What is Urbanisation?
Urbanisation is the increase in the proportion of people living in towns and cities.
What causes urbanisation?
Urbanisation occurs because people move from rural areas (countryside) to urban areas (towns and cities). This usually occurs when a country is still developing.
Levels of urbanisation in 1950 and 1990
Prior to 1950 the majority of urbanisation occurred in MEDCs (more economically developed countries). Rapid urbanisation took place during the period of industrialisation that took place in Europe and North America in the nineteenth and early twentieth centuries. Many people moved from rural to urban areas to get jobs in the rapidly expanding industries in many large towns and cities. Since 1950 urbanisation has slowed in most MEDCs, and now some of the biggest cities are losing population as people move away from the city to rural environments. This is known as counter-urbanisation. You can read more about this process here.
Since 1950 the most rapid growth in urbanisation has occurred in LEDCs (Less Economically Developed Countries) in South America, Africa and Asia. Between 1950 and 1990 the urban population living in LEDCs doubled. In developed countries the increase was less than half.
The three main causes of urbanisation in LEDCs since 1950 are:
1. Rural to urban migration is happening on a massive scale due to population pressure and lack of resources in rural areas. This are 'push' factors.
2. People living in rural areas are 'pulled' to the city. Often they believe that the standard of living in urban areas will be much better than in rural areas. They are usually wrong. People also hope for well paid jobs, the greater opportunities to find casual or 'informal' work, better health care and education.
3. Natural increase caused by a decrease in death rates while birth rates remain high.
The UN predicts that by 2030 60% of the world's population will live in urban environments.
A million city is, yes you guessed it, a city with one million (or more) inhabitants. These are the largest cities on the planet:
1. Tokyo (Japan) 27.2 million
2. Seoul (South Korea) 20.5 million
3. Mexico City (Mexico), 20.45 million
4. New York (USA) 19.75 million
5. Mumbai, India, 19.2 million
source: R.L. Forstall, R.P. Greene, and J.B. Pick, "Which are the largest? Why published populations for major world urban areas vary so greatly", City Futures Conference, (University of Illinois at Chicago, July 2004) – Table 5 (p.34)
You can find out more about the largest cities in the world (including predictions for the future) here.
Counter-urbanisation is the movement of people out of cities, to the surrounding areas. Since 1950 this process has been occurring in MEDCs (More Economically Developed Countries). There are four main reasons for counter-urbanisation:
1. The increase in car ownership over the last 40 years means people are more mobile. This has led to an increase in commuting. Also, the growth in information technology (E-mail, faxes and video conferencing) means more people can work from home.
2. Urban areas are becoming increasing unpleasant place to live. This is the result of pollution, crime and traffic congestion.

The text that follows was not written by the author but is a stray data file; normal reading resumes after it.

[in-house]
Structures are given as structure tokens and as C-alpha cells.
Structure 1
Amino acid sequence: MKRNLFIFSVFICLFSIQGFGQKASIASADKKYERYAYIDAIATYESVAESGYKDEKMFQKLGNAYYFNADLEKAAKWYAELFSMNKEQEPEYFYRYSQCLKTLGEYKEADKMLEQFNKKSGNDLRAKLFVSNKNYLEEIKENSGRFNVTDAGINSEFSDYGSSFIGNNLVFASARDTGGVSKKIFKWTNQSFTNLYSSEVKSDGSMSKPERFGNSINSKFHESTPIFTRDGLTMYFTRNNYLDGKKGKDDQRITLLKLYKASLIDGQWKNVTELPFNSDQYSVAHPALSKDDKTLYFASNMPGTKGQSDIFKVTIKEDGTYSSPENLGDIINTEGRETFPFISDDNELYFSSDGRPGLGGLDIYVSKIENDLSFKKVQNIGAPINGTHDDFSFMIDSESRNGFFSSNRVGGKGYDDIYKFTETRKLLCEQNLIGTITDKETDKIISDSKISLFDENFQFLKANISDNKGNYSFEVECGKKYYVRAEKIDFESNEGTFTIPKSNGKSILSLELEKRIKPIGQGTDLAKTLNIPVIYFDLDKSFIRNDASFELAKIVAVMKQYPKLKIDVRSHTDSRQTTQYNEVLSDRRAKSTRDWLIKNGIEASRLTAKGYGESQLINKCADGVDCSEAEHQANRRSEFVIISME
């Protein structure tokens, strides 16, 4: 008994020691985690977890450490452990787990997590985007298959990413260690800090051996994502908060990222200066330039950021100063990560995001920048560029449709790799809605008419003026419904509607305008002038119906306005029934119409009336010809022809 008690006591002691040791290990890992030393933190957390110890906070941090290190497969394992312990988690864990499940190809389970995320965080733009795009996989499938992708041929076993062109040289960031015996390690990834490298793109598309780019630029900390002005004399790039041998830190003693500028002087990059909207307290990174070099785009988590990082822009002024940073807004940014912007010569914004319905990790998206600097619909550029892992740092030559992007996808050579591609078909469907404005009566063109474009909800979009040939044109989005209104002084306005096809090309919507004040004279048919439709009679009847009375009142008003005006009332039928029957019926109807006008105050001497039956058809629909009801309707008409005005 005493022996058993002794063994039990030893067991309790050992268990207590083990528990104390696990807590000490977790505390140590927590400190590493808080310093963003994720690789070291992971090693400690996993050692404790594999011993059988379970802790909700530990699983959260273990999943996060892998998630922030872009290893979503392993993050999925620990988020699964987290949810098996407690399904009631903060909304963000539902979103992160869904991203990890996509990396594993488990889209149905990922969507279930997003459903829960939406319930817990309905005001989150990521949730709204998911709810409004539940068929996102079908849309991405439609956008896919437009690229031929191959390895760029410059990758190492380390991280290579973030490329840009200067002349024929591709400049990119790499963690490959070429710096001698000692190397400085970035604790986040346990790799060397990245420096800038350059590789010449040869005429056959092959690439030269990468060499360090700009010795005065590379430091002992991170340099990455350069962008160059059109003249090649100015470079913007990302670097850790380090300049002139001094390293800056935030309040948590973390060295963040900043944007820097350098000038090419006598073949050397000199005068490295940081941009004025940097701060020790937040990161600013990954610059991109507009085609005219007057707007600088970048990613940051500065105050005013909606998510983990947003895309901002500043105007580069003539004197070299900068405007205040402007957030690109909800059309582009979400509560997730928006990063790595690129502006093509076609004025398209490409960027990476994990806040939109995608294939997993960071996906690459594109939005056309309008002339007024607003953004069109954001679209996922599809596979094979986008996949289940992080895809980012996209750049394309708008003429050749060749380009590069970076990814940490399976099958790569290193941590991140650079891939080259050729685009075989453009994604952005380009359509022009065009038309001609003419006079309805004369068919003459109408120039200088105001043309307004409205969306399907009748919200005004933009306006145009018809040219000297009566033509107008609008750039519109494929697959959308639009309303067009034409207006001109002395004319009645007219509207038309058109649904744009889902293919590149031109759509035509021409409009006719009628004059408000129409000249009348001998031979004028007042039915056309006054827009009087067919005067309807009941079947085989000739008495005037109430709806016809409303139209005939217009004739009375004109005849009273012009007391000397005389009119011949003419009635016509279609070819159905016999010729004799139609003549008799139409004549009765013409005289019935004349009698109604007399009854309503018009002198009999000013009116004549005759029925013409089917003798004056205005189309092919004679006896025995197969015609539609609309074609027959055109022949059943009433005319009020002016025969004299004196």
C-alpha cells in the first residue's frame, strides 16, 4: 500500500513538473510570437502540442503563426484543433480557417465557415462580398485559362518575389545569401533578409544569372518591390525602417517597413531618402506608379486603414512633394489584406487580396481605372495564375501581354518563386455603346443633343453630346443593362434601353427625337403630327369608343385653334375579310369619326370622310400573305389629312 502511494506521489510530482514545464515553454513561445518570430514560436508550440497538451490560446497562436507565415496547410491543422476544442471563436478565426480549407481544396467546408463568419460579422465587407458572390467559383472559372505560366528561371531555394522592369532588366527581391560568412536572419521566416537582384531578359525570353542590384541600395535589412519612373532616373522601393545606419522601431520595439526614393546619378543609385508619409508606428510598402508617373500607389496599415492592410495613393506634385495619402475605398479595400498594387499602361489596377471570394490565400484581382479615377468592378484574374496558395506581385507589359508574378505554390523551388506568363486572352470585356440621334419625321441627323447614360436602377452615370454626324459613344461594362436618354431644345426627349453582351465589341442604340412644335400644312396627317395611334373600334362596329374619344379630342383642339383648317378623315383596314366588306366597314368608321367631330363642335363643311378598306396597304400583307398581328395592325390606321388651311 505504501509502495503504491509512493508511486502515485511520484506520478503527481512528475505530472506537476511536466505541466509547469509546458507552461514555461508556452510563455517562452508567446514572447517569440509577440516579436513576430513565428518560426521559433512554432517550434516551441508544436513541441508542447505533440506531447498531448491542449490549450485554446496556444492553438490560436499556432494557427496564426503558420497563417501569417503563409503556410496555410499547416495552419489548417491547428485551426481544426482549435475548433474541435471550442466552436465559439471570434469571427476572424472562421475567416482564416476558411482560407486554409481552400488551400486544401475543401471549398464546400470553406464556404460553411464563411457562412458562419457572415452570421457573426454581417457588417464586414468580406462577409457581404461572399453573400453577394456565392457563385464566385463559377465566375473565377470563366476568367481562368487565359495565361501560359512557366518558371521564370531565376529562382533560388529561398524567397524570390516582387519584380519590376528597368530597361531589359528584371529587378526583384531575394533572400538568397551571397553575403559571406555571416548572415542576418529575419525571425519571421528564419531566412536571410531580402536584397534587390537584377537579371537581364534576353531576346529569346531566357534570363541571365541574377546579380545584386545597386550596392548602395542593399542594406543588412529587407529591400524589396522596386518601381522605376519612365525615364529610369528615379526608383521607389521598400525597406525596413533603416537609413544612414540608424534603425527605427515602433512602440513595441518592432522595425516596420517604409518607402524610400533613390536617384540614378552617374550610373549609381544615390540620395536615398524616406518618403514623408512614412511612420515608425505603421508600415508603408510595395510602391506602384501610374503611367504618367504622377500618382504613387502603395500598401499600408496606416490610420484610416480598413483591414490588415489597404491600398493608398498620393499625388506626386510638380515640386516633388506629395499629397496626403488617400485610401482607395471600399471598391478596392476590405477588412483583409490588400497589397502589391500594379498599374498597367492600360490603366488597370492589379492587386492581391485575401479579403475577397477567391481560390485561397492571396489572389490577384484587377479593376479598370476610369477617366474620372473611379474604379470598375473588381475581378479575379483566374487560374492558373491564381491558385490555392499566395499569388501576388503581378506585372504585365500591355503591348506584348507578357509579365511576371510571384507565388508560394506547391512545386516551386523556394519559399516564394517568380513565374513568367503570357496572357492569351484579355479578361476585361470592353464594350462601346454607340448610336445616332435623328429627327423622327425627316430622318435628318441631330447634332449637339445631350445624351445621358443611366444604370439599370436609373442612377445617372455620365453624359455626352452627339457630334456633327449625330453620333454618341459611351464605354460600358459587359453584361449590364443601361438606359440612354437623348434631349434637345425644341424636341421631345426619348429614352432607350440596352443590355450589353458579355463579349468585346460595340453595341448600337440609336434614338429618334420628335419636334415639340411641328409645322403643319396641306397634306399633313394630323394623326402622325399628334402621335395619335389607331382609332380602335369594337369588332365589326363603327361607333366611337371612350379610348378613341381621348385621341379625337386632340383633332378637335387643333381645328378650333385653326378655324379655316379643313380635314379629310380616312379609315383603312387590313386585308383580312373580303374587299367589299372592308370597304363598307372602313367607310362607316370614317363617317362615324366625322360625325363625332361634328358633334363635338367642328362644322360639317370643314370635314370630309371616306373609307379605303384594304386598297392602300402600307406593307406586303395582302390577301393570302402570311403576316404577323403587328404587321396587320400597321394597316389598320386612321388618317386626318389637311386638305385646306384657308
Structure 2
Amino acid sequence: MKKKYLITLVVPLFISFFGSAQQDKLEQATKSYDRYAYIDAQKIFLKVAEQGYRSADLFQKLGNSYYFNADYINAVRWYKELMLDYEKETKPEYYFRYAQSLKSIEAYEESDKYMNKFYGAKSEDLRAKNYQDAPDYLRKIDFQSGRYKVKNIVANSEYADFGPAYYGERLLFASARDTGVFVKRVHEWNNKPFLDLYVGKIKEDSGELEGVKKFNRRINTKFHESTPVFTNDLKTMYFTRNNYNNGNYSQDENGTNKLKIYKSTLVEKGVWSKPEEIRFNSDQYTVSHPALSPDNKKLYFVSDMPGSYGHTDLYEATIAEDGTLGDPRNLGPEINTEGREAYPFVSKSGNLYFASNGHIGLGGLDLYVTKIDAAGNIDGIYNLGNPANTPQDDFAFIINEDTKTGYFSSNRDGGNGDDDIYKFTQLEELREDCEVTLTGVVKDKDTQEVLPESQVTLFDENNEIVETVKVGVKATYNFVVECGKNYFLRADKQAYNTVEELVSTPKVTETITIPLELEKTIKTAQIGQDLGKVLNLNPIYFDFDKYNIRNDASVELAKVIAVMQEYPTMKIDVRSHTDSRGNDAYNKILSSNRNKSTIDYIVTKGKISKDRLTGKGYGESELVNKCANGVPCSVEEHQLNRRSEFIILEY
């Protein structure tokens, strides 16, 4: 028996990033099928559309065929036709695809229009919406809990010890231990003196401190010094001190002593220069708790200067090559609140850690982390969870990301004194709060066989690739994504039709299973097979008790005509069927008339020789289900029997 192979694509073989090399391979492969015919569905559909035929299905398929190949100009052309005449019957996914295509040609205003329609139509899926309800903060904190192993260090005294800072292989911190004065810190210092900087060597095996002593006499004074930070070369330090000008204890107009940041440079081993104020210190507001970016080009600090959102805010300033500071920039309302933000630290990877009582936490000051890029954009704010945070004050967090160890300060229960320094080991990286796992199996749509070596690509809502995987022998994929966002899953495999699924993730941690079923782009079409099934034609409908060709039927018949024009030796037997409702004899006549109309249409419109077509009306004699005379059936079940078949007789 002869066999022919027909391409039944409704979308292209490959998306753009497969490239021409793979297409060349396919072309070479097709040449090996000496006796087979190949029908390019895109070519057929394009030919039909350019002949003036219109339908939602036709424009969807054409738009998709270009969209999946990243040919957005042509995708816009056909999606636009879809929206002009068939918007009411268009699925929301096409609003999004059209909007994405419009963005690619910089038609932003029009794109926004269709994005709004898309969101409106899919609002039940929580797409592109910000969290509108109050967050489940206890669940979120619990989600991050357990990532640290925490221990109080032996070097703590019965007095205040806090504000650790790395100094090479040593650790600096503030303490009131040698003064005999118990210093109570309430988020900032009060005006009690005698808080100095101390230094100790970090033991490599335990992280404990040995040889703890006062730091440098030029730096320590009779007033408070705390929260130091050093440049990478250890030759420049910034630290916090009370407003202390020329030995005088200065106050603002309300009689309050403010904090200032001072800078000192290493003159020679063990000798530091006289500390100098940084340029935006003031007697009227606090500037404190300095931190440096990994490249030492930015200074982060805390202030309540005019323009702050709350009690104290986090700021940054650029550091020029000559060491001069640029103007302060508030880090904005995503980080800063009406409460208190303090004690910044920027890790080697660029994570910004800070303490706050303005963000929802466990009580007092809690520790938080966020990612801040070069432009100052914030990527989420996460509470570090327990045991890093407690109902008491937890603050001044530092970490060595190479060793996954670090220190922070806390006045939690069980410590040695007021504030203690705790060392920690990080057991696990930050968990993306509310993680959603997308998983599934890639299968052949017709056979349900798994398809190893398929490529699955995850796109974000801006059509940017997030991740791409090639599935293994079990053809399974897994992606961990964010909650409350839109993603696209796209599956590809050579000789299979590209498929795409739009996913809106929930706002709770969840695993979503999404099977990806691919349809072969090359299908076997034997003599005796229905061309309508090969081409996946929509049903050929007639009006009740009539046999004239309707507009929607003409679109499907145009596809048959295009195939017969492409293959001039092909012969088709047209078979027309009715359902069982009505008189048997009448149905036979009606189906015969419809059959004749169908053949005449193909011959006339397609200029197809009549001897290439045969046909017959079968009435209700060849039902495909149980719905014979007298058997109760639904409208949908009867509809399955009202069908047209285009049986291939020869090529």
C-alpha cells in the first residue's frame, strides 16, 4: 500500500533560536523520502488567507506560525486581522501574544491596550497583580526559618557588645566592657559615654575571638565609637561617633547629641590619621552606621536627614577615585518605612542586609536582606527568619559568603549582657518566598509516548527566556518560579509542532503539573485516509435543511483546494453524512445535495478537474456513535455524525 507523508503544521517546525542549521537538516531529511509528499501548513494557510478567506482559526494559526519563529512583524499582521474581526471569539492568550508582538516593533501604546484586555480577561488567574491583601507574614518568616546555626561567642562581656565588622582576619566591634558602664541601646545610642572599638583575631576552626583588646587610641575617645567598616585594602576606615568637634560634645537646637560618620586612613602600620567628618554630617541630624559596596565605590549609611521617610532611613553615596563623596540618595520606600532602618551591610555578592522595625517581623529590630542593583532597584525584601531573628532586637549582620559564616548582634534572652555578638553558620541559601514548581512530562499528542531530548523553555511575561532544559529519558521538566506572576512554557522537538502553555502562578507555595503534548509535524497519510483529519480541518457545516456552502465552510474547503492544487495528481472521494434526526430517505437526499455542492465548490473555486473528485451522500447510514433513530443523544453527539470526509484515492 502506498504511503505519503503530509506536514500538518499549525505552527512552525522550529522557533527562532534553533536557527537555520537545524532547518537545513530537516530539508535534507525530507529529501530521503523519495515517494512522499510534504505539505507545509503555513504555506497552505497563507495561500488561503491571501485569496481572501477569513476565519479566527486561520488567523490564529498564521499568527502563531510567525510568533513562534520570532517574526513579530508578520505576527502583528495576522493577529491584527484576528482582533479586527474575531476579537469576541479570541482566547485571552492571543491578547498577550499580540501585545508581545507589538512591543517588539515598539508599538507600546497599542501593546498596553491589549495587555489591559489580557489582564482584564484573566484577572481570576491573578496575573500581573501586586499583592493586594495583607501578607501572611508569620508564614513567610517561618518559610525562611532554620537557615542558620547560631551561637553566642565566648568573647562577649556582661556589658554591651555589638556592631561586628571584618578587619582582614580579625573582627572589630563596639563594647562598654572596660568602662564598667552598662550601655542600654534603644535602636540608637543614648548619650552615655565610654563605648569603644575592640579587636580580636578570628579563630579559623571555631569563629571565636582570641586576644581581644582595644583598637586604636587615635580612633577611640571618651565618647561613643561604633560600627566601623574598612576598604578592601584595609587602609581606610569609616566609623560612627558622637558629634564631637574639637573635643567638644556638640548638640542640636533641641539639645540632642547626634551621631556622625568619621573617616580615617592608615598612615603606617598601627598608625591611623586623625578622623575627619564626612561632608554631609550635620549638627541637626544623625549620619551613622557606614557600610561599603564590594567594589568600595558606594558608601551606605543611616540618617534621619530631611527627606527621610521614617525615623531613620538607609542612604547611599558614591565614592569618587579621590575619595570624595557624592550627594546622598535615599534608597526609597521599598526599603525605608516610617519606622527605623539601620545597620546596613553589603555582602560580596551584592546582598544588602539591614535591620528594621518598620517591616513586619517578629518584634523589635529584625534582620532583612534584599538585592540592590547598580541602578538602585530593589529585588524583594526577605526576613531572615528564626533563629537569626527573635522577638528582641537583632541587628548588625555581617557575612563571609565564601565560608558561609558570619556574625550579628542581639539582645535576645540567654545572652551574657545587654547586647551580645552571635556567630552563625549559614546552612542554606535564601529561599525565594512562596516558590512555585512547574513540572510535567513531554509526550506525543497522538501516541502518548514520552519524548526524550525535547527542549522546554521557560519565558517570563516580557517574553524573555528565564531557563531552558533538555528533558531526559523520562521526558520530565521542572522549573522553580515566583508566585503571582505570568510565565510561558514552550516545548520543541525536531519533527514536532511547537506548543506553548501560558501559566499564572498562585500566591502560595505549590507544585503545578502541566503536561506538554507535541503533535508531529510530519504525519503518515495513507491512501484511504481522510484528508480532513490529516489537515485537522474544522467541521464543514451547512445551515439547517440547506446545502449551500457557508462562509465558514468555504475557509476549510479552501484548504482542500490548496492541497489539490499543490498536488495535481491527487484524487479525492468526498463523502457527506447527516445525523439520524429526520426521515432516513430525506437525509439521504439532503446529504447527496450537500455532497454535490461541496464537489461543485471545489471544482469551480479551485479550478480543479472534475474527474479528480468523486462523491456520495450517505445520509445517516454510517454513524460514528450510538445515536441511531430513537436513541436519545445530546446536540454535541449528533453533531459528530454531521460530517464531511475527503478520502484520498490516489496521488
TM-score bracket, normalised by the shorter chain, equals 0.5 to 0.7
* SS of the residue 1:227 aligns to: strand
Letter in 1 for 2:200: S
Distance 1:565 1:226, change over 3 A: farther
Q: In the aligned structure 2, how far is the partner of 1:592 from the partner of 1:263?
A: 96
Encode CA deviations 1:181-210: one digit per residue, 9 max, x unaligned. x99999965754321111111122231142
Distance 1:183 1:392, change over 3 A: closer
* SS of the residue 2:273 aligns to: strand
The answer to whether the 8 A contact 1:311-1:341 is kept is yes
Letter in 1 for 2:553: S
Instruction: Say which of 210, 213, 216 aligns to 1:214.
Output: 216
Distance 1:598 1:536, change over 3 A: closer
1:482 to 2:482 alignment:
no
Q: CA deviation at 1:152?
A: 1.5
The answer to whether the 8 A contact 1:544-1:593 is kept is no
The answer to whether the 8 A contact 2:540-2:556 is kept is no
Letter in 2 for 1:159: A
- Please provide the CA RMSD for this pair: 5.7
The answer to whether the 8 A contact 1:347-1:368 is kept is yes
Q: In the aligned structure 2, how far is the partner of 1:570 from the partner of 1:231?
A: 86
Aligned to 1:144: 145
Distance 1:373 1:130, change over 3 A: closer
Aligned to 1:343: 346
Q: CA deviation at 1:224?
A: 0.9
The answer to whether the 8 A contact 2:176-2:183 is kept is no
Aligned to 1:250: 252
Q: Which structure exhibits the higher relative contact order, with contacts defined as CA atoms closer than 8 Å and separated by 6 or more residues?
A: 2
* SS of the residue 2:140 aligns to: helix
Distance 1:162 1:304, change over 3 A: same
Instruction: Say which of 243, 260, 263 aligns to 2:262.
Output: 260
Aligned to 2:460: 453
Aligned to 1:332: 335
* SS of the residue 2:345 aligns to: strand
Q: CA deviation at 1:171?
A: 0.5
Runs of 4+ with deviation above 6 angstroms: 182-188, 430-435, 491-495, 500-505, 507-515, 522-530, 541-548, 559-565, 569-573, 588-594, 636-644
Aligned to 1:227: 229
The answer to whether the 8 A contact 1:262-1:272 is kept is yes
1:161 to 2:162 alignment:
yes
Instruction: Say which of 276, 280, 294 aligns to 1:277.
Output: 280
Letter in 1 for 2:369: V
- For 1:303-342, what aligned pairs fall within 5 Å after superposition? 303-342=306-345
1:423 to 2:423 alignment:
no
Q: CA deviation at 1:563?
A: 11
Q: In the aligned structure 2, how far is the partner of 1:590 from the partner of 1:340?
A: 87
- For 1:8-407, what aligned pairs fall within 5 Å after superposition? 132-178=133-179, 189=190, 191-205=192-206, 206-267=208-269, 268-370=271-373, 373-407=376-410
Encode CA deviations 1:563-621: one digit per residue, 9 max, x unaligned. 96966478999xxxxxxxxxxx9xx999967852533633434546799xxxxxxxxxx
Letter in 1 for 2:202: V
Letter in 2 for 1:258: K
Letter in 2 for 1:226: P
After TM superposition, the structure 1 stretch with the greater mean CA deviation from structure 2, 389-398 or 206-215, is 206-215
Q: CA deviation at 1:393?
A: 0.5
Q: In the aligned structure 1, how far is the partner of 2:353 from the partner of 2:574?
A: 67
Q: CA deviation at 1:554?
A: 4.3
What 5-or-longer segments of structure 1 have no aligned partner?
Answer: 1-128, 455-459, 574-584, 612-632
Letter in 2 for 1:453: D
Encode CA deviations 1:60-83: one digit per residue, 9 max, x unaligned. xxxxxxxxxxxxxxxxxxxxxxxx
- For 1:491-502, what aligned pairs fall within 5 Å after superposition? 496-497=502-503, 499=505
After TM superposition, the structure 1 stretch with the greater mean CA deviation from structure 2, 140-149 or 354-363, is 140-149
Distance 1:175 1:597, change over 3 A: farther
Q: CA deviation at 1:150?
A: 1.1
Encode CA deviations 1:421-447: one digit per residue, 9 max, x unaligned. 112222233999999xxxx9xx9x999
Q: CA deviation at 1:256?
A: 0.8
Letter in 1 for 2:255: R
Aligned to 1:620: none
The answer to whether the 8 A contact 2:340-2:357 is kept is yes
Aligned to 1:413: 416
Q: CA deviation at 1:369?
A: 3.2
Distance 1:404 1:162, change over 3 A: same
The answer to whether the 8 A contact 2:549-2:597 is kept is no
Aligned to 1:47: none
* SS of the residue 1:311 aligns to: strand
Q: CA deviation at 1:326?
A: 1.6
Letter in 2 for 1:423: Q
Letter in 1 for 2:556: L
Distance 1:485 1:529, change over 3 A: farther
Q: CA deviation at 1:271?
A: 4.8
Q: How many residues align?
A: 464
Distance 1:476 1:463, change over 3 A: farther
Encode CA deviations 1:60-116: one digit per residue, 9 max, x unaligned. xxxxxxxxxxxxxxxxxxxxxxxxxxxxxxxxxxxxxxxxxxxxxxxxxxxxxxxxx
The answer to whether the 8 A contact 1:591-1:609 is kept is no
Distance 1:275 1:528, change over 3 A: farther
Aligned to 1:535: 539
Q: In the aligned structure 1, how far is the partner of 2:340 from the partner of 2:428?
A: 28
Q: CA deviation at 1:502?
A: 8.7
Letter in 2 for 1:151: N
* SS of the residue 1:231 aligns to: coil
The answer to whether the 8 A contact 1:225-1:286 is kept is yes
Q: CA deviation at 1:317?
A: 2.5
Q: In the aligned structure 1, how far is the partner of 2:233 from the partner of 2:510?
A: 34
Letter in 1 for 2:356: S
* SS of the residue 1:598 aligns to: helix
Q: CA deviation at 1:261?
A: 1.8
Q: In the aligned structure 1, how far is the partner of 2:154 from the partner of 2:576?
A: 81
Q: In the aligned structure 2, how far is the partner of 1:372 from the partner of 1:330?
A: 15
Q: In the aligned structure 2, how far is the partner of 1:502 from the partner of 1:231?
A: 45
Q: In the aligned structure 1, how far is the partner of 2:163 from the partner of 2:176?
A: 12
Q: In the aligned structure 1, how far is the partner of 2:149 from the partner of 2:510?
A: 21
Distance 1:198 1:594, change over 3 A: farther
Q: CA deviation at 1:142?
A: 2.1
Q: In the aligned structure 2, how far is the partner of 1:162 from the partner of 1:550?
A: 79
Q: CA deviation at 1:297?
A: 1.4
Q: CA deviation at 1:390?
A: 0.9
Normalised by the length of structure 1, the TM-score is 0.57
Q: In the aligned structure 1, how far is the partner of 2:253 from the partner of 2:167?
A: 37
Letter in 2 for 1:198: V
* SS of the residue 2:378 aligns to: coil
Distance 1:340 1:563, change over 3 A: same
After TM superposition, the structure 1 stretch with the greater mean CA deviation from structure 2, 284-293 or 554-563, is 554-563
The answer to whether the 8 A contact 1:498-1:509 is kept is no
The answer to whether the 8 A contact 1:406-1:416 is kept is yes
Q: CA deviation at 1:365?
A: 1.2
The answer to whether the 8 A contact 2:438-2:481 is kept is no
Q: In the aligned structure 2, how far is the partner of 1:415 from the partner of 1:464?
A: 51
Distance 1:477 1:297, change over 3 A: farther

3. More people tend to move when they retire.
4. New business parks on the edge of cities (on Greenfield sites) mean people no longer have to travel to the city centre. People now prefer to live on the outskirts of the city to be near where they work.
Urban Problems in MEDCs
Urban areas in MEDCs have experienced a range of problems in recent years. These include:
Traffic problems. Car ownership and commuting means an increase in congestion and pollution.
Decline in industry. As older manufacturing industries have closed they have left empty, derelict buildings towards the centre of the city. Modern industries need more space so tend to locate on the edge of the city.
High unemployment in inner city areas (where the old industries were once located) leads to social problems.
Changes in shopping have also caused problems. City centre locations are no longer favoured. There has been a recent growth in out of town shopping centres, which has led to the decline of many CBDs (central business districts).
Case Study - Inner City Redevelopment
In 1981 the London's Docklands Development Corporation (LDDC) was set up to improve the economic, social and environmental problems that had developed in the area that was once one of the world's busiest ports. The area had been in decline since the 1950's. This is because larger ships could no longer access the port. Unemployment soared, the back to back terraced housing fell into disrepair and their was a lack of transport and leisure facilities. The area became on the first Enterprise Zones in 1981. The land was made rate free for ten years.
Between 1981-1998 many changes occurred within the Docklands. For example:
Low rents attracted a number of hi-tech and financial firms. This includes The Limehouse ITV studios and The Guardian and Daily Telegraph newspapers.
Many of the former warehouses have been transformed into luxury flats. This is an example of gentrification. Low cost housing has also been built along with the renovation of older council owned properties.
A large shopping area was constructed close to Canary Warf. A number of parks have been created where buildings once stood. More recently the Millennium Dome was built in this area.
Although the redevelopment of London's Docklands brought many benefits to the area there are some groups who oppose the changes. This includes some of the original inhabitants of the area who are now unable to afford to live there. The majority of the jobs in the new hi-tech industries are unsuitable to unemployed docker workers. They do not have the skills needed for jobs in these industries. Close knit-communities have been broken up. Many believe there are insufficient services for people living in the area e.g. care for the elderly.